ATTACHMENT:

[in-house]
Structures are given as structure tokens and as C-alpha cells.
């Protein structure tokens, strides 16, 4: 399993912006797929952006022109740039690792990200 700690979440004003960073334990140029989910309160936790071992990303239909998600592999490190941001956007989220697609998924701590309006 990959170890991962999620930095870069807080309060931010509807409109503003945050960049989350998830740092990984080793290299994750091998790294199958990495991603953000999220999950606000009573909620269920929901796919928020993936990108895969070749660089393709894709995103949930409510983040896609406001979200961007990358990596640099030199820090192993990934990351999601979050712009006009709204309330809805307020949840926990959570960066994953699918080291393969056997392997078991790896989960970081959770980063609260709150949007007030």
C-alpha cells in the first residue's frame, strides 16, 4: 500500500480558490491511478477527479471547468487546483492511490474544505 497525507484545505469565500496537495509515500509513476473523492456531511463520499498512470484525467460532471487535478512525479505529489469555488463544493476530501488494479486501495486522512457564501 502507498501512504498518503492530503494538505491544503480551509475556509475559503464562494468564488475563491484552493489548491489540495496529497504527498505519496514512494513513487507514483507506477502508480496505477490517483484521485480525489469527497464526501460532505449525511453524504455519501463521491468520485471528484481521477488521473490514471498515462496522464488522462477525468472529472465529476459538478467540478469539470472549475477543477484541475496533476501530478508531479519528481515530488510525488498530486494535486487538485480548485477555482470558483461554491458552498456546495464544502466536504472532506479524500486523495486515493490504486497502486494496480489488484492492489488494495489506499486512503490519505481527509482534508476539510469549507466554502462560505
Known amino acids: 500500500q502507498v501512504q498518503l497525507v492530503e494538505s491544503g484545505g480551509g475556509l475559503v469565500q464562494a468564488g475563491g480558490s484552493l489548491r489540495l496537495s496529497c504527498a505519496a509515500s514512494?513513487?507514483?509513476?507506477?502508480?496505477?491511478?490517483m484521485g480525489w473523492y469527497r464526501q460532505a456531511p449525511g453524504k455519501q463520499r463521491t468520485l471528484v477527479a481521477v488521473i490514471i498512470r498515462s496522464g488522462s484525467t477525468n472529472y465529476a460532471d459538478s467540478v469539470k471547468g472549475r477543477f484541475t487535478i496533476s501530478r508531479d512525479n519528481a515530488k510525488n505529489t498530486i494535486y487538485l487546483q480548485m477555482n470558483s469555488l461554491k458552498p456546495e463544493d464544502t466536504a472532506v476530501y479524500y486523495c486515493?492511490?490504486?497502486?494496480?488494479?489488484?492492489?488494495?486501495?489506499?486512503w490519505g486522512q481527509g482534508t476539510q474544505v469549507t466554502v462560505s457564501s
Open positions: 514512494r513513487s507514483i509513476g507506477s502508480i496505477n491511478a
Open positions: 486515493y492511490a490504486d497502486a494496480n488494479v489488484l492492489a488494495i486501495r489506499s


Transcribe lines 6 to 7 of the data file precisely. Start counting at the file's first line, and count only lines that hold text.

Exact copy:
Open positions: 514512494r513513487s507514483i509513476g507506477s502508480i496505477n491511478a
Open positions: 486515493y492511490a490504486d497502486a494496480n488494479v489488484l492492489a488494495i486501495r489506499s